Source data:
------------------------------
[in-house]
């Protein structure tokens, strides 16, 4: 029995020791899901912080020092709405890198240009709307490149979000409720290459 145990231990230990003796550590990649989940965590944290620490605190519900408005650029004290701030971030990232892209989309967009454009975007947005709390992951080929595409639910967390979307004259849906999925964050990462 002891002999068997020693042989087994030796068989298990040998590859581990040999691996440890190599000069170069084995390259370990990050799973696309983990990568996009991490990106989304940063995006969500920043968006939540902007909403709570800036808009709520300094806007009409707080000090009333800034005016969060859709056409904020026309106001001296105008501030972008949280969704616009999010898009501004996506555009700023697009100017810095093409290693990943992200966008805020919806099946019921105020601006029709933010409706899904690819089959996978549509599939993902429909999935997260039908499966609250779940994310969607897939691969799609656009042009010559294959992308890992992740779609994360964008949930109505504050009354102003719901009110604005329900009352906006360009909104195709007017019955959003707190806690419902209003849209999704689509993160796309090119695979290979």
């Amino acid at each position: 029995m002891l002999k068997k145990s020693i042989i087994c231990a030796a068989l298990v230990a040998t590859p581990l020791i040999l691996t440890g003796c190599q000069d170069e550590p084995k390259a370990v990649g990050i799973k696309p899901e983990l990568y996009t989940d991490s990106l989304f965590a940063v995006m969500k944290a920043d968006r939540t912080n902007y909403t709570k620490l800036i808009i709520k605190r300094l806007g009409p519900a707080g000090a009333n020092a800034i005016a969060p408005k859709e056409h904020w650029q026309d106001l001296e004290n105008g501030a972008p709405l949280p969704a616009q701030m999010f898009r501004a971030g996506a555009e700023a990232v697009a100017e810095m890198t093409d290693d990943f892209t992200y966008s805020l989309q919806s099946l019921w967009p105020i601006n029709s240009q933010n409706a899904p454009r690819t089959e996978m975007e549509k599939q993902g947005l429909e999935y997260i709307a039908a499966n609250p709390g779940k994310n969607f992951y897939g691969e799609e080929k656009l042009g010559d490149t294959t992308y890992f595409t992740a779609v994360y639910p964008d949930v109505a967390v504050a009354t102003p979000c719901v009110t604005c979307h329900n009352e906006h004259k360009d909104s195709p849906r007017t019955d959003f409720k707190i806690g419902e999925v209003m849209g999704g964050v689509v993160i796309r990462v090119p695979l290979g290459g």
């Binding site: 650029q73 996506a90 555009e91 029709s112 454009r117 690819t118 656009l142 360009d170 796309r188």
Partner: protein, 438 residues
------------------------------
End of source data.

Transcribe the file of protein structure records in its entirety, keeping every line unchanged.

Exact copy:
[in-house]
């Protein structure tokens, strides 16, 4: 029995020791899901912080020092709405890198240009709307490149979000409720290459 145990231990230990003796550590990649989940965590944290620490605190519900408005650029004290701030971030990232892209989309967009454009975007947005709390992951080929595409639910967390979307004259849906999925964050990462 002891002999068997020693042989087994030796068989298990040998590859581990040999691996440890190599000069170069084995390259370990990050799973696309983990990568996009991490990106989304940063995006969500920043968006939540902007909403709570800036808009709520300094806007009409707080000090009333800034005016969060859709056409904020026309106001001296105008501030972008949280969704616009999010898009501004996506555009700023697009100017810095093409290693990943992200966008805020919806099946019921105020601006029709933010409706899904690819089959996978549509599939993902429909999935997260039908499966609250779940994310969607897939691969799609656009042009010559294959992308890992992740779609994360964008949930109505504050009354102003719901009110604005329900009352906006360009909104195709007017019955959003707190806690419902209003849209999704689509993160796309090119695979290979």
């Amino acid at each position: 029995m002891l002999k068997k145990s020693i042989i087994c231990a030796a068989l298990v230990a040998t590859p581990l020791i040999l691996t440890g003796c190599q000069d170069e550590p084995k390259a370990v990649g990050i799973k696309p899901e983990l990568y996009t989940d991490s990106l989304f965590a940063v995006m969500k944290a920043d968006r939540t912080n902007y909403t709570k620490l800036i808009i709520k605190r300094l806007g009409p519900a707080g000090a009333n020092a800034i005016a969060p408005k859709e056409h904020w650029q026309d106001l001296e004290n105008g501030a972008p709405l949280p969704a616009q701030m999010f898009r501004a971030g996506a555009e700023a990232v697009a100017e810095m890198t093409d290693d990943f892209t992200y966008s805020l989309q919806s099946l019921w967009p105020i601006n029709s240009q933010n409706a899904p454009r690819t089959e996978m975007e549509k599939q993902g947005l429909e999935y997260i709307a039908a499966n609250p709390g779940k994310n969607f992951y897939g691969e799609e080929k656009l042009g010559d490149t294959t992308y890992f595409t992740a779609v994360y639910p964008d949930v109505a967390v504050a009354t102003p979000c719901v009110t604005c979307h329900n009352e906006h004259k360009d909104s195709p849906r007017t019955d959003f409720k707190i806690g419902e999925v209003m849209g999704g964050v689509v993160i796309r990462v090119p695979l290979g290459g």
């Binding site: 650029q73 996506a90 555009e91 029709s112 454009r117 690819t118 656009l142 360009d170 796309r188």
Partner: protein, 438 residues